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MozamPete via Wikimedia Commons // CC BY-SA 3.0

Zambian Government Resumes Cull of 2000 Hippos

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MozamPete via Wikimedia Commons // CC BY-SA 3.0

In June 2016, the government of Zambia called off its original plan to cull 2000 hippos from the country’s Luangwa River. A few weeks later, wildlife conservationists say, the government reversed its decision, and the trophy hunters employed to kill the hippos were back in business. Advocates for the animals say the government’s reasons for the slaughter plan are, at best, unsupported by science, and at worst, corrupt. 

Government officials had initially cited fears of anthrax, insufficient water, and overpopulation as evidence a cull was necessary. Yet Will Travers, president of the nonprofit Born Free Foundation, says there is no current anthrax threat in Zambia, and that the water levels are the highest they’ve been in years. “They are on thin ground scientifically,” he told New Scientist. 

Why, then, would a government choose to kill hundreds of animals a year for the next five years? It’s unclear. What is clear is that the government contract to execute the killings went to a trophy hunting outlet called Mabwe Adventures. Mabwe Adventures appears to have teamed up with a safari company called Theo De Marillac Safaris, which is reportedly marketing the hippo-hunting opportunity to tourists. 

According to Born Free, the safari company invited would-be cullers to “experience the rare and exciting opportunity of participating in a controlled hippo hunt” for upwards of $12,000. “This walk and stalk hunt over the flood plains means hippo are hunted on land, making this a very exciting, adrenalin-pumping safari,” the company promised. 

News of the contract was met with public outrage, which initially inspired the government to call off the hunt. After a brief meeting with stakeholders, the decision was reversed, and the cull resumed. 

“There’s a relentless effort to press ahead,” Travers said. “But at the moment, I can’t see how they can justify what’s going on.”

[h/t New Scientist]

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Big Questions
Why Do Cats Freak Out After Pooping?
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Cats often exhibit some very peculiar behavior, from getting into deadly combat situations with their own tail to pouncing on unsuspecting humans. Among their most curious habits: running from their litter box like a greyhound after moving their bowels. Are they running from their own fecal matter? Has waste elimination prompted a sense of euphoria?

Experts—if anyone is said to qualify as an expert in post-poop moods—aren’t exactly sure, but they’ve presented a number of entertaining theories. From a biological standpoint, some animal behaviorists suspect that a cat bolting after a deposit might stem from fears that a predator could track them based on the smell of their waste. But researchers are quick to note that they haven’t observed cats run from their BMs in the wild.

Biology also has a little bit to do with another theory, which postulates that cats used to getting their rear ends licked by their mother after defecating as kittens are showing off their independence by sprinting away, their butts having taken on self-cleaning properties in adulthood.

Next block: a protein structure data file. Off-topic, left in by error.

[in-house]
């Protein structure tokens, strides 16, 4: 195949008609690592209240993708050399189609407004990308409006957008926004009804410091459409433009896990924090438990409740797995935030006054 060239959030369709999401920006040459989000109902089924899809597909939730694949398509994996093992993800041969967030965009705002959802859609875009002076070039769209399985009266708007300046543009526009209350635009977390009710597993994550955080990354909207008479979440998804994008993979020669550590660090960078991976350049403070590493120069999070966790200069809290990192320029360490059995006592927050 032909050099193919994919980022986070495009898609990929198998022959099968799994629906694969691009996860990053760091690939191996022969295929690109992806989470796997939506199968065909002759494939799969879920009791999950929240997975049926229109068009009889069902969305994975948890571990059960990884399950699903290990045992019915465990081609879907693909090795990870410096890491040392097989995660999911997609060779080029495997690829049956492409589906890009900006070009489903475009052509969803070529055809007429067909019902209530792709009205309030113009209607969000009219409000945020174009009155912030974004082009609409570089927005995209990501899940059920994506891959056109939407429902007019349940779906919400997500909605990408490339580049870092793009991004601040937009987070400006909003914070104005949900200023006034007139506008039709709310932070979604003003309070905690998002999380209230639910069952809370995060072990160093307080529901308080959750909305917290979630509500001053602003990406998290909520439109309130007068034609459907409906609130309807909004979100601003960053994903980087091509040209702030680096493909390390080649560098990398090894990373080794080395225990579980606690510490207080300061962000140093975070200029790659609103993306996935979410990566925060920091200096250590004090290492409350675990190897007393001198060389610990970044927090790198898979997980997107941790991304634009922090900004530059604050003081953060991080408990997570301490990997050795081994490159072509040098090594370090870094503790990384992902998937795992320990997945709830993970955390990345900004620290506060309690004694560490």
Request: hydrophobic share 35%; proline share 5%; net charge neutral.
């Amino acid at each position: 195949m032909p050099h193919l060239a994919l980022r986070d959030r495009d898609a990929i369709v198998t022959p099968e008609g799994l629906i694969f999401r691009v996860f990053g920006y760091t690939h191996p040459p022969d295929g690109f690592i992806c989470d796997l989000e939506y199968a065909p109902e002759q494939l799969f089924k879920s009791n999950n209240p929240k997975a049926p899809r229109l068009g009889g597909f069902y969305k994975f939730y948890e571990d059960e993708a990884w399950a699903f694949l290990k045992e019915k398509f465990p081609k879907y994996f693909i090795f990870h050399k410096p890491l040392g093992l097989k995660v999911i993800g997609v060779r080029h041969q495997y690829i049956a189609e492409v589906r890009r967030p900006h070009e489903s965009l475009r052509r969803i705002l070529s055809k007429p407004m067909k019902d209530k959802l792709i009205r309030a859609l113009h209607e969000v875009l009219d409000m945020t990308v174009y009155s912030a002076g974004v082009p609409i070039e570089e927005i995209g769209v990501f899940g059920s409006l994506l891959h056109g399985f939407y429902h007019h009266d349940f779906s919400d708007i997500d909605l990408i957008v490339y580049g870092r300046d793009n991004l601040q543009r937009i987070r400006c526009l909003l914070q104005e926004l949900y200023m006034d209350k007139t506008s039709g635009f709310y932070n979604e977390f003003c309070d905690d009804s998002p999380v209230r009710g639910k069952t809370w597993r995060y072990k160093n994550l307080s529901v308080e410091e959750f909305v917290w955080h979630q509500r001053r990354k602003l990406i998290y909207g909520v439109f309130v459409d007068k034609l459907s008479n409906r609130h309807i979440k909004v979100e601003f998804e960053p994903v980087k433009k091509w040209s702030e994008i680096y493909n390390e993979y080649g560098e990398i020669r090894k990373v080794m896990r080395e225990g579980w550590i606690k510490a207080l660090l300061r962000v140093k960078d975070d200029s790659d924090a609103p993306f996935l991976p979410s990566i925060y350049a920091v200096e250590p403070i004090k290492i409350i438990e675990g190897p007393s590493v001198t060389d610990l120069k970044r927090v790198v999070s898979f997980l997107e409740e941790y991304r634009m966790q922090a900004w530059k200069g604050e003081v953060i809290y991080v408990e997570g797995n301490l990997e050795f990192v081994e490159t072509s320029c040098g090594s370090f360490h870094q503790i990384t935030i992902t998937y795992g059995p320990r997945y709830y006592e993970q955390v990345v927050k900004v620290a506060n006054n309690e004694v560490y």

Not convinced? You might find another idea more plausible: Both humans and cats have a vagus nerve running from their brain stem. In both species, the nerve can be stimulated by defecation, leading to a pleasurable sensation and what some have labeled “poo-phoria,” or post-poop elation. In running, the cat may simply be working off excess energy brought on by stimulation of the nerve.

Less interesting is the notion that notoriously hygienic cats may simply want to shake off excess litter or fecal matter by running a 100-meter dash, or that a digestive problem has led to some discomfort they’re attempting to flee from. The fact is, so little research has been done in the field of pooping cat mania that there’s no universally accepted answer. Like so much of what makes cats tick, a definitive motivation will have to remain a mystery.

Have you got a Big Question you'd like us to answer? If so, let us know by emailing us at bigquestions@mentalfloss.com.

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Animals
Listen to the Impossibly Adorable Sounds of a Baby Sloth
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RODRIGO ARANGUA/AFP/GettyImages

Sometimes baby sloths seem almost too adorable to be real. But the little muppet-faced treasures don't just look cute—turns out they sound cute, too. We know what you're thinking: How could you have gone your whole life without knowing what these precious creatures sound like? Well, fear not: Just in time for International Sloth Day (today), we have some footage of how the tiny mammals express themselves—and it's a lot of squeaking. (Or maybe that's you squealing?)

The sloths featured in the heart-obliterating video below come from the Sloth Sanctuary of Costa Rica. The institution rescues orphaned sloths, rehabilitates them, and gets them ready to be released back into the wild.

[h/t The Kid Should See This]

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